Wow, this 31-year-old boy's in for a bright future! But he's only got nine months to put his celebrity act together, to start learning off by heart just the right things to say in interviews, the right clothes to wear, the questions to brush aside, the answers that attract audiences, when to joke, when to be serious, how to sign contracts to skin a kangaroo for a Japanese or American TV crew, where to invest his earnings...

Sorry, Irwin, it's time to get your heavenly arse out of the arena. Tina too. There's no way of combating this new wild beast. His fighting credentials are infinitely better than those of existing gladiators, including even Mad Max and the blond girl who married a washed-out hillbilly. If only David can sign up Mori as an agent...

Bloody lucky Australia! The country hasn't lost a single boy in Iraq (thank Allah), Howard and Bush are convinced that the sun shines out of each other's arsehole, and here we have in our own Taronga [Sydney's zoo] the only existing real-life specimen of a genuine home-grown terrorist, with direct links to Godfather Osama.

Flucki cuntri! [texto for fucking lucky country]

Tuesday, March 27, 2007

Guilty plea... to try to get out of Guantanamo

Yesterday, trying desperately to get away from Bush's notorious and ignominious Guantanamo penal colony, Australian David Hicks pleaded guilty to a charge of material support for terrorism. This courtroom sketch shows Hicks seated next to his sympathetic military defense attorney, Major Michael Mori:

The prisoner has let his hair grow long so that he can use strands of it to cover his eyes to protect him from the light that is turned on permanently in his cell at Guantanamo. Isn't that trivial anecdote straight out of a horror movie? Doesn't it back up one's feeling that the Bush administration, traumatized by 9/11, has lost all sense of moral relativity?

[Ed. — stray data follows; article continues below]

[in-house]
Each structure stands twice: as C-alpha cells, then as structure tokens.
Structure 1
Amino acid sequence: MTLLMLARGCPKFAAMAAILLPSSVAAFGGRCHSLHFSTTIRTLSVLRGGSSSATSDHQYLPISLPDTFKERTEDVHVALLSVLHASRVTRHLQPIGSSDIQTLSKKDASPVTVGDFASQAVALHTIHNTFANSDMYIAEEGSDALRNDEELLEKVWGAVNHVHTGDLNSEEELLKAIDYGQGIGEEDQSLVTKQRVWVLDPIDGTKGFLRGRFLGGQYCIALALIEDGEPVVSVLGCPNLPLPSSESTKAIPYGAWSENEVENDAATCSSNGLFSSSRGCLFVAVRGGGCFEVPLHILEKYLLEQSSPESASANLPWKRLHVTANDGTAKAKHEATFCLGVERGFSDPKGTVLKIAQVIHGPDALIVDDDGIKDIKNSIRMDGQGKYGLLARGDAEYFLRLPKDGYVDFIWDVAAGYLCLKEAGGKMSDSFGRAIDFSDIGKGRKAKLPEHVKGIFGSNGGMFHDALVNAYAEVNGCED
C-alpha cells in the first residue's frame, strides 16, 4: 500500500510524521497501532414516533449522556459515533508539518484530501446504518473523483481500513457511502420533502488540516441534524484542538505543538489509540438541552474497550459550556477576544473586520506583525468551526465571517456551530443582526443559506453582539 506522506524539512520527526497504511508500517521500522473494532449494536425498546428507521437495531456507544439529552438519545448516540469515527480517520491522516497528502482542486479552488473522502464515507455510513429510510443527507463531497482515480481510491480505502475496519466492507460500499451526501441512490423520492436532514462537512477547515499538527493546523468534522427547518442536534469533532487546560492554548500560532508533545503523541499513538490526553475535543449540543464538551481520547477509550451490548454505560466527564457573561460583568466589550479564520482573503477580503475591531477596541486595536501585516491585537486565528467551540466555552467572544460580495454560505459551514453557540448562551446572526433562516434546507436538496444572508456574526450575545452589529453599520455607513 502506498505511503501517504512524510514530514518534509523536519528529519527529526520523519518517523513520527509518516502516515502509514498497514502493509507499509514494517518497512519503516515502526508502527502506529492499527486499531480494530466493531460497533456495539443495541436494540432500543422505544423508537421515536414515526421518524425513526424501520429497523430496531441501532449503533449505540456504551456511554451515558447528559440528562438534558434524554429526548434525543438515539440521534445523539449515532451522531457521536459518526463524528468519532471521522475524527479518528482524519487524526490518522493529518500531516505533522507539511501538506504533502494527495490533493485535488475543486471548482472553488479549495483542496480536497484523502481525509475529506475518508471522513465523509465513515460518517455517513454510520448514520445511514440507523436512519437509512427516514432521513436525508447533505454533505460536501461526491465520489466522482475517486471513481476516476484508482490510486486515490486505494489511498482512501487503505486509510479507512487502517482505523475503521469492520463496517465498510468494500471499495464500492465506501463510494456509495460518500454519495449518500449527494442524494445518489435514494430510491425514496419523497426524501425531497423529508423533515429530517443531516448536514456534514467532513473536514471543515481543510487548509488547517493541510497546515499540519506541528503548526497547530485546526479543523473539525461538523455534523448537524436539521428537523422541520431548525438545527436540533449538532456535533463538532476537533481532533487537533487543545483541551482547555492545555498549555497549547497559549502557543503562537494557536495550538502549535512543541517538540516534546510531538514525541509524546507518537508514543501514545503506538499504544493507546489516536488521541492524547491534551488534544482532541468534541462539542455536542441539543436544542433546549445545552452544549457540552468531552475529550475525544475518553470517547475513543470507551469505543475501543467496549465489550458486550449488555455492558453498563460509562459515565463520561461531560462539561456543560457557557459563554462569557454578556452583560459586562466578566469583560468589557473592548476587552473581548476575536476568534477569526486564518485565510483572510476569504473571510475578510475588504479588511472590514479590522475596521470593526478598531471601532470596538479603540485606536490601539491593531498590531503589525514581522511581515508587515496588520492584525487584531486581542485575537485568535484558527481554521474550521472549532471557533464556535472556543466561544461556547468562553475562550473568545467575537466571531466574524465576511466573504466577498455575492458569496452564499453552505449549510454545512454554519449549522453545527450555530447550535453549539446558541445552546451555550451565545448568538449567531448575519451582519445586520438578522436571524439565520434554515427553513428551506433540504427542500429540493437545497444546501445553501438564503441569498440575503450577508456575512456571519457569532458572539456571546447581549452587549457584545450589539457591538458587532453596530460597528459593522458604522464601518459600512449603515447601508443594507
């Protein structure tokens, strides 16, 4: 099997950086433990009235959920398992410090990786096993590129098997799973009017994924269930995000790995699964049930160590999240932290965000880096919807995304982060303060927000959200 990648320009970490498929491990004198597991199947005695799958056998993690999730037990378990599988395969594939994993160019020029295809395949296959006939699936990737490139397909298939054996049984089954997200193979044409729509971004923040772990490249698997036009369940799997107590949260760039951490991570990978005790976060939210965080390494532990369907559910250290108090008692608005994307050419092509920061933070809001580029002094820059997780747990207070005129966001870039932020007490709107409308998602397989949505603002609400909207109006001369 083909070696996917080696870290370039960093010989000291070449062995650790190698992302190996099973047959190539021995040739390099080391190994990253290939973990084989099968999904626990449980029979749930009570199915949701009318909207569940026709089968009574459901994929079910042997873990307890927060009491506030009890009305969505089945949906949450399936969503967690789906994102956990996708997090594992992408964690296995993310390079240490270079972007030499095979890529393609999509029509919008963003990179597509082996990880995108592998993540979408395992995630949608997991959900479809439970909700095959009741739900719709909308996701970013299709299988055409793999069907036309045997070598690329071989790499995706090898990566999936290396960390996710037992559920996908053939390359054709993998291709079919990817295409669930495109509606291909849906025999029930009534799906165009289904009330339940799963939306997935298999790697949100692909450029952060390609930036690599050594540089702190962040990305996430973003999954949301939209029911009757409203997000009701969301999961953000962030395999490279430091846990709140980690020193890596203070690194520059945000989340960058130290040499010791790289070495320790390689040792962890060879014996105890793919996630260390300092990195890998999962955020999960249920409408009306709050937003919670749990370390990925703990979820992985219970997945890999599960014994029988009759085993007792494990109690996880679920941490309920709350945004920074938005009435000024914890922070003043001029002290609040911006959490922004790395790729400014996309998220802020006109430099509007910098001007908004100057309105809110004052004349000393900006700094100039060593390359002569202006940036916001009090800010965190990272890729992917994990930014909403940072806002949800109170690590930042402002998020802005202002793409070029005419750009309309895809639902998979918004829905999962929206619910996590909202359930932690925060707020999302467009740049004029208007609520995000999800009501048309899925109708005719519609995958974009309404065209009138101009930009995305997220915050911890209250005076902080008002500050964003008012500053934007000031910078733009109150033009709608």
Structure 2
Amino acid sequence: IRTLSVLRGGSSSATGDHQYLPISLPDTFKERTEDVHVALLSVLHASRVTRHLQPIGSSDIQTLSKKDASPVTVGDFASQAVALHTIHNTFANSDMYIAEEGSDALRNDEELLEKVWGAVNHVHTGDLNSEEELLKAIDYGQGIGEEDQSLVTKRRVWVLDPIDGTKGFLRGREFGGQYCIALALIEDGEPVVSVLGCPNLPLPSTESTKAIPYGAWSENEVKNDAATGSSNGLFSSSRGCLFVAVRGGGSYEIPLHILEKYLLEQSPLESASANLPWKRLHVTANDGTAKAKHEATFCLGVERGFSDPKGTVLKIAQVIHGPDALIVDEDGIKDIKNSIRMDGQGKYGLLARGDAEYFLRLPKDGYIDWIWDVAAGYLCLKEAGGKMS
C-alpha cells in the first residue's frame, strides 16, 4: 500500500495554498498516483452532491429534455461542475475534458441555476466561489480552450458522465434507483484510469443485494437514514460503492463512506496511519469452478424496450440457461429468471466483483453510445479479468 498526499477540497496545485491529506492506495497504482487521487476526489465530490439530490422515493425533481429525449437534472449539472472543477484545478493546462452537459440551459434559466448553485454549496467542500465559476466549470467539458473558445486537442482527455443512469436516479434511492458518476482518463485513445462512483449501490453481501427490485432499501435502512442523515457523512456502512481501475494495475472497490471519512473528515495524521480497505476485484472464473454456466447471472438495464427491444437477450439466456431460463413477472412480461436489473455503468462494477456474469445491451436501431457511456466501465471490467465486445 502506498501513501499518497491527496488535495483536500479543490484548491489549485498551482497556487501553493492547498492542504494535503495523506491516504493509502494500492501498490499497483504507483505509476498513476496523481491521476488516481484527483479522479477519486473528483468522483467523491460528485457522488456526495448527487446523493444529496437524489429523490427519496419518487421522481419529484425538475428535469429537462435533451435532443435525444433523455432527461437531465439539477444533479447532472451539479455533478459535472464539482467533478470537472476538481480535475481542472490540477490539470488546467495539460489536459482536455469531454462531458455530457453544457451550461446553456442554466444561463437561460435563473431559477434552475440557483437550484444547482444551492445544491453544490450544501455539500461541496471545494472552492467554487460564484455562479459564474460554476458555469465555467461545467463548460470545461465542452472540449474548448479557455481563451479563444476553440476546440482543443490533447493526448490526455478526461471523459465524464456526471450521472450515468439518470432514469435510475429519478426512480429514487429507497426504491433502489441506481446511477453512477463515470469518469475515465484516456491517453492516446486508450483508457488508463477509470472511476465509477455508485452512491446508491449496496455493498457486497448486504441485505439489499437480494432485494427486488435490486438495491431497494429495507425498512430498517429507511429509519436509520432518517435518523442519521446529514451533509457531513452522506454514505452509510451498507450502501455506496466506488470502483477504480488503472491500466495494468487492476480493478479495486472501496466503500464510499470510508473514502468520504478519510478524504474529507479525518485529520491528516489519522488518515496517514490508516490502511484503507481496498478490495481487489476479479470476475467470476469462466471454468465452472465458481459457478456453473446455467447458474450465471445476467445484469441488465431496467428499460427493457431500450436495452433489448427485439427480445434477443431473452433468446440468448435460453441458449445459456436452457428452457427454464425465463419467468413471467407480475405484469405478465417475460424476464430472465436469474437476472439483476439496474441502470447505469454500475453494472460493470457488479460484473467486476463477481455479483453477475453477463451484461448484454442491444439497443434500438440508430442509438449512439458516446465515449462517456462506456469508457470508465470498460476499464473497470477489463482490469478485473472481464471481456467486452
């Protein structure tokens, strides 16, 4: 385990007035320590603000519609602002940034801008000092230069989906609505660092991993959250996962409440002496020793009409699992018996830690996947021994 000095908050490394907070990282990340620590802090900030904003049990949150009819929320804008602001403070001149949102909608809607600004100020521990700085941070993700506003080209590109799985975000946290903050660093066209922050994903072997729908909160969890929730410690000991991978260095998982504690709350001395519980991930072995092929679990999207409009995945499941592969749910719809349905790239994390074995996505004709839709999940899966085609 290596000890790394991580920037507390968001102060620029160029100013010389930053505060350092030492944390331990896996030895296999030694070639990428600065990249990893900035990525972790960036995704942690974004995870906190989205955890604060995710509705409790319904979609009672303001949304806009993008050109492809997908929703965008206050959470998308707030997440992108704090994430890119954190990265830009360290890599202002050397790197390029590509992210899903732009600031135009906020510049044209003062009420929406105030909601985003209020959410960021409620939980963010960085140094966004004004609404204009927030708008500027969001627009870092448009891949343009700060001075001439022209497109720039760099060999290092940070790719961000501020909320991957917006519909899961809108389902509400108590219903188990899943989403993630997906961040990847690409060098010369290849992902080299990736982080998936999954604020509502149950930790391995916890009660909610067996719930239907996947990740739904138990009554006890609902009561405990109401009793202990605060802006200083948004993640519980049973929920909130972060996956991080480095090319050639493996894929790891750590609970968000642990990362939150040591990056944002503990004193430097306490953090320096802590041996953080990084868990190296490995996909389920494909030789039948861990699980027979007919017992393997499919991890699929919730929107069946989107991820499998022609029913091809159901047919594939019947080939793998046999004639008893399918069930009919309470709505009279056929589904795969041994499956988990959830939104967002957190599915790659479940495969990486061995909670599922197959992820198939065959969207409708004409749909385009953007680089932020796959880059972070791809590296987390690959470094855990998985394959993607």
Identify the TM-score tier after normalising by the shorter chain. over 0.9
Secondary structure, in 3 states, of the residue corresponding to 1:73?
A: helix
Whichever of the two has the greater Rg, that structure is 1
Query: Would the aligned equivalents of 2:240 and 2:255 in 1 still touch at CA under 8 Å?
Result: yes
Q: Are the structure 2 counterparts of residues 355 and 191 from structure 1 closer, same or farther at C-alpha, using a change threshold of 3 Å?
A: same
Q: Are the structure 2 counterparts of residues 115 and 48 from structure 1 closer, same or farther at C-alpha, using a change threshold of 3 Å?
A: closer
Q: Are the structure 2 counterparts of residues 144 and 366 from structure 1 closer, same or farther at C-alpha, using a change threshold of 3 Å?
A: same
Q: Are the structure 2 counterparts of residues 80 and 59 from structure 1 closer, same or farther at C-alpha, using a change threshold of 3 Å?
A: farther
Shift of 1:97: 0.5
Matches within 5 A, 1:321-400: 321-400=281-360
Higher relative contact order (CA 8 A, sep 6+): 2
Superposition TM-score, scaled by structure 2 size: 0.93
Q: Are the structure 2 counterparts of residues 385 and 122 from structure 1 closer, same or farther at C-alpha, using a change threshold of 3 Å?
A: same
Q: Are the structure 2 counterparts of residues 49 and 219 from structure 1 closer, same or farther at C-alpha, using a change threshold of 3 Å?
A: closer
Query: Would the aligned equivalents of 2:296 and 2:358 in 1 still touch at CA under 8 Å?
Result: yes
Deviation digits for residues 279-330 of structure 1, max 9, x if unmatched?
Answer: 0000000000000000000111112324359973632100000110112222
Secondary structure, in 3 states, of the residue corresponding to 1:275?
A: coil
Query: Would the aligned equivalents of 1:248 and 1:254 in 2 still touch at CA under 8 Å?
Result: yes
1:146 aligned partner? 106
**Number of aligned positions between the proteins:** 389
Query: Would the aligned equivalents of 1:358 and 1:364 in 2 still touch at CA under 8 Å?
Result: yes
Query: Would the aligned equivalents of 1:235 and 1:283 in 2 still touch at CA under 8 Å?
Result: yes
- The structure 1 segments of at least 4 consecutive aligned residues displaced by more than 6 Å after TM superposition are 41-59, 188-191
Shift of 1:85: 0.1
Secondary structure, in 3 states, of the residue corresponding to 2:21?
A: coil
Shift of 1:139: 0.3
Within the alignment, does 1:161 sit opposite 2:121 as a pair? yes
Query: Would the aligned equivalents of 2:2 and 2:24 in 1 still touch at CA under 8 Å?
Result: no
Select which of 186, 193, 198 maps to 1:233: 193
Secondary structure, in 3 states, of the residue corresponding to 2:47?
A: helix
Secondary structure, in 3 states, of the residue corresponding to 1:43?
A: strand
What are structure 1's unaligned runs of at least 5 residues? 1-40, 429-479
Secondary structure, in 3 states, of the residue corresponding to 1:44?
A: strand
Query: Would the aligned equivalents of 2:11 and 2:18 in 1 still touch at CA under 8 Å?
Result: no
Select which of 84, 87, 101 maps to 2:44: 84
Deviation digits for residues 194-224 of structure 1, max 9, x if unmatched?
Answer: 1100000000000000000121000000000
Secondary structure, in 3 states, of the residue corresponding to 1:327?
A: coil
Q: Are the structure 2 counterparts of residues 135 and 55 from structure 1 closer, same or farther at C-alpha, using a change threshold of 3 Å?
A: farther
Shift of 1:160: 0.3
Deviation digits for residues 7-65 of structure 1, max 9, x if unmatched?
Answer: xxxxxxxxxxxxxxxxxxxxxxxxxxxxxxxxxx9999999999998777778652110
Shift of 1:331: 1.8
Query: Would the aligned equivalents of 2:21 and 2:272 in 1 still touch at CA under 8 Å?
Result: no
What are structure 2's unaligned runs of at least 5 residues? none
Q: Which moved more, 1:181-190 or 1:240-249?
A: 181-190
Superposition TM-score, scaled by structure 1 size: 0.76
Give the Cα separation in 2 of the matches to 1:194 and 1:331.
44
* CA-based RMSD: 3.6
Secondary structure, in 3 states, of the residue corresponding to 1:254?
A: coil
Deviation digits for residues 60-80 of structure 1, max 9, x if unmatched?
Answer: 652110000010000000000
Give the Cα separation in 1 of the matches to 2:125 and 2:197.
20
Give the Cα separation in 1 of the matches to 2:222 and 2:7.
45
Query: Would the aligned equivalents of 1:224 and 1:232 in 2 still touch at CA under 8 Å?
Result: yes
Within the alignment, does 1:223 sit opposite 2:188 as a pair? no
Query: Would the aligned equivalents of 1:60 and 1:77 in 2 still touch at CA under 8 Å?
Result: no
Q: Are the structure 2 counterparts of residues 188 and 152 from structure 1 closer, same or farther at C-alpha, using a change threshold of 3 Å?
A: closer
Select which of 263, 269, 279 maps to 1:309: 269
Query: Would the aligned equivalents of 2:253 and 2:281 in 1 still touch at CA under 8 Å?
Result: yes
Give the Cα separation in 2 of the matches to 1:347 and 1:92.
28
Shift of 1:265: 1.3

The truth of the matter, I fear, is that most Americans, preoccupied as usual by their own egocentric challenges (these days, the possibility of running short of petroleum gas for their automobiles), probably haven't even heard of David Hicks and the unjust way in which his case has been handled. As far as ordinary Australians are concerned, their passionate attempts to insist upon a fair deal for David Hicks have been typically marvelous, right from the start, and it's a terrible pity that the Australian people's concern and indignation have never been relayed adequately to Bush & Co. In the words of Brett Solomon, executive director of GetUp!: "The Australian government didn't have the guts to intervene and ensure a fair trial for David."

Thursday, March 1, 2007

Sad affair

The Bush administration has just filed terrorism charges against David Hicks, who has already been detained without trial for more than five years in the notorious detention center of Guantanamo Bay. What a disgusting anticlimax to a mediocre affair. As an Australian, I'm ashamed of the way in which groveling Howard has allowed Bush to lead us up the the garden path concerning the treatment of this pathetic fellow who would have no doubt done better to stick to kangaroo skinning instead of signing up (so we're told) as an illuminated mercenary. Be that as it may, David Hicks holds an Australian passport. So, one might ask: What does it mean today, if anything, to be Australian? This affair is not only disgusting; it's frightening.